"I think if there's one thing that drives [markets next week], probably it will be payrolls because of the Fed," said Sameer Samana, senior global strategist at Wells Fargo Investment Institute. "That has some ramifications for almost everything else, and it's the biggest factor that has driven the markets over the last year."

Still, "people probably fixate on payrolls, but we'd watch the political side a little more carefully," he said.

The vice presidential debate is scheduled for Tuesday evening at Longwood University in Farmville, Virginia. The second presidential debate is set for October 9 at Washington University in St. Louis, St. Louis, Missouri.

— CNBC's Patti Domm contributed to this report.

Disclosure: CNBC's parent NBCUniversal is a minority investor in Kensho.

What to watch


9:45 a.m.: Markit manufacturing PMI

10 a.m.: ISM manufacturing

10 a.m.: Construction spending

Auto sales


Earnings: Darden, Micron

8:05 a.m.: Richmond Fed President Jeffrey Lacker speaks on the economic outlook

7:40 p.m.: Chicago Fed President Charles Evans speaks on monetary policy and the economy


Earnings: Yum Brands, Constellation Brands, Monsanto, RPM International

8:15 a.m.: ADP payrolls

8:30 a.m.: Trade deficit

9:30 a.m.: Minneapolis Fed President Neel Kashkari gives welcoming remarks at an event on "Early Childhood Development in Indian Country"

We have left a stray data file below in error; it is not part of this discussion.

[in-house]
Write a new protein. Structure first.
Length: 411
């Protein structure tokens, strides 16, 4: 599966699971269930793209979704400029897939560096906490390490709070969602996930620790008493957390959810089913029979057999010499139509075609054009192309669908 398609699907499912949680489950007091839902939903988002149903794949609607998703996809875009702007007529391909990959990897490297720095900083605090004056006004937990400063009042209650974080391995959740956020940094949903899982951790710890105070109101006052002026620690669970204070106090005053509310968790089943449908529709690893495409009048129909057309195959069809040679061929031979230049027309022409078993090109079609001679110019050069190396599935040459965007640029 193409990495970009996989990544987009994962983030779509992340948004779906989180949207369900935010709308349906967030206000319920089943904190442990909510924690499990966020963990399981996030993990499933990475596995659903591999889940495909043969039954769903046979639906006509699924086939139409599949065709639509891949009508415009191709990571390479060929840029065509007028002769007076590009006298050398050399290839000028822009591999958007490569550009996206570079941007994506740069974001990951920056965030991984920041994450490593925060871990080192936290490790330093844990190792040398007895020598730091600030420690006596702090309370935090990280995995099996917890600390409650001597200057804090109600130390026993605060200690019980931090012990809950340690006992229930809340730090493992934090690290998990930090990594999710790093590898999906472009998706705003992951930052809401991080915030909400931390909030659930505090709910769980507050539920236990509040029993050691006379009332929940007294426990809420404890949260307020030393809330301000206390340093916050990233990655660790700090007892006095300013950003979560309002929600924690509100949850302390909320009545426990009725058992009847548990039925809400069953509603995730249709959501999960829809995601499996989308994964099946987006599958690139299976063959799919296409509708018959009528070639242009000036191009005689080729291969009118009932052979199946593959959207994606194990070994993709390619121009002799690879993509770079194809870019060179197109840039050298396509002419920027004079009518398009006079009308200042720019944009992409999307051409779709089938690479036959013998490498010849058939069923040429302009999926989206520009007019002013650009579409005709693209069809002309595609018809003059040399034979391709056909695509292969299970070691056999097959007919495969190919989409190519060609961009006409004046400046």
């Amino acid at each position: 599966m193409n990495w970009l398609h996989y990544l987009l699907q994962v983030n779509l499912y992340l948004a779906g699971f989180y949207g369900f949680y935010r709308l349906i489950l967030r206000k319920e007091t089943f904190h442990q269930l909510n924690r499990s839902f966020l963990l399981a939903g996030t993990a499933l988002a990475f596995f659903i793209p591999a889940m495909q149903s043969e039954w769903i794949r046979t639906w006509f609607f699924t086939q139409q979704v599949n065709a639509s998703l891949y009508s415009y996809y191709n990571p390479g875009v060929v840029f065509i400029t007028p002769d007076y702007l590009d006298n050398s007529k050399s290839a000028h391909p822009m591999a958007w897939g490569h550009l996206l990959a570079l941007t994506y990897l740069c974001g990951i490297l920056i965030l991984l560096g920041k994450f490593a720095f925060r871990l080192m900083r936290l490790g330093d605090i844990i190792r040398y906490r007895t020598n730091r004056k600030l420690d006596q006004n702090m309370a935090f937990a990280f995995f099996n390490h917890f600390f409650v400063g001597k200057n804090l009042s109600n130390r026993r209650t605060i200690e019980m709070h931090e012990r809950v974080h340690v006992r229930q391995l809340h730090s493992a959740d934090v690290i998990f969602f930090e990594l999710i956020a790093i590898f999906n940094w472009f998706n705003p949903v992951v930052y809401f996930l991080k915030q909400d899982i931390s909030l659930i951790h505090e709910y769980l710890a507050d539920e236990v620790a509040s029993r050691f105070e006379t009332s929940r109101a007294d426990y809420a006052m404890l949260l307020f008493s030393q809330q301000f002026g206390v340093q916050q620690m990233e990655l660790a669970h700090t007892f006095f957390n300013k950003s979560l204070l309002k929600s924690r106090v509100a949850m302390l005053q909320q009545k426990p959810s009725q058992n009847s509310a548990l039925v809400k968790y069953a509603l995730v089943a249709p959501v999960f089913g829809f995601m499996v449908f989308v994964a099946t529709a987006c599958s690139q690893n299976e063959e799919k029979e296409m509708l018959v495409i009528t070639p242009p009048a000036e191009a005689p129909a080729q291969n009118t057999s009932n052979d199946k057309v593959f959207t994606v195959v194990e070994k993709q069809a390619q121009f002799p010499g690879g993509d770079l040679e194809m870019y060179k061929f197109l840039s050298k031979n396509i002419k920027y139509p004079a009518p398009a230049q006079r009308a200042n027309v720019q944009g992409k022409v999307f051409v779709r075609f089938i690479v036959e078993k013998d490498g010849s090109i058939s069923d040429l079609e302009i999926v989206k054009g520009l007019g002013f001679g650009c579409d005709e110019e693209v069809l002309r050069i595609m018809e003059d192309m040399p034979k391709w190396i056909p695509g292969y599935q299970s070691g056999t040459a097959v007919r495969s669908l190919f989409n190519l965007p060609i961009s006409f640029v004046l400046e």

9:45 a.m.: Markit services PMI

10 a.m.: ISM non-manufacturing

10 a.m.: Factory orders

1 p.m. & 5 p.m.: Richmond Fed President Jeffrey Lacker speaks on "Does Federal Reserve Governance Need Reform?"


Earnings: Helen of Troy, International Speedway, Ruby Tuesday

8:30 a.m.: Jobless claims

2 p.m.: Atlanta Fed live webcast on search process for new bank president and answer questions from the public


8:30 a.m.: Employment report

10 a.m.: Wholesale trade

10:30 a.m.: Federal Reserve Vice Chairman Stanley Fischer speaks on the economy and financial regulation

12:45 p.m.: Cleveland Fed President Loretta Mester speaks on Fed communications

3 p.m.: Consumer credit

3:40 p.m.: San Francisco Senior Vice President Mary Daly speaks on the U.S. economic outlook and the role of education in supporting the American dream

4 p.m.: Federal Reserve Governor Lael Brainard speaks on blockchain technology

*All times Eastern. Planner subject to change.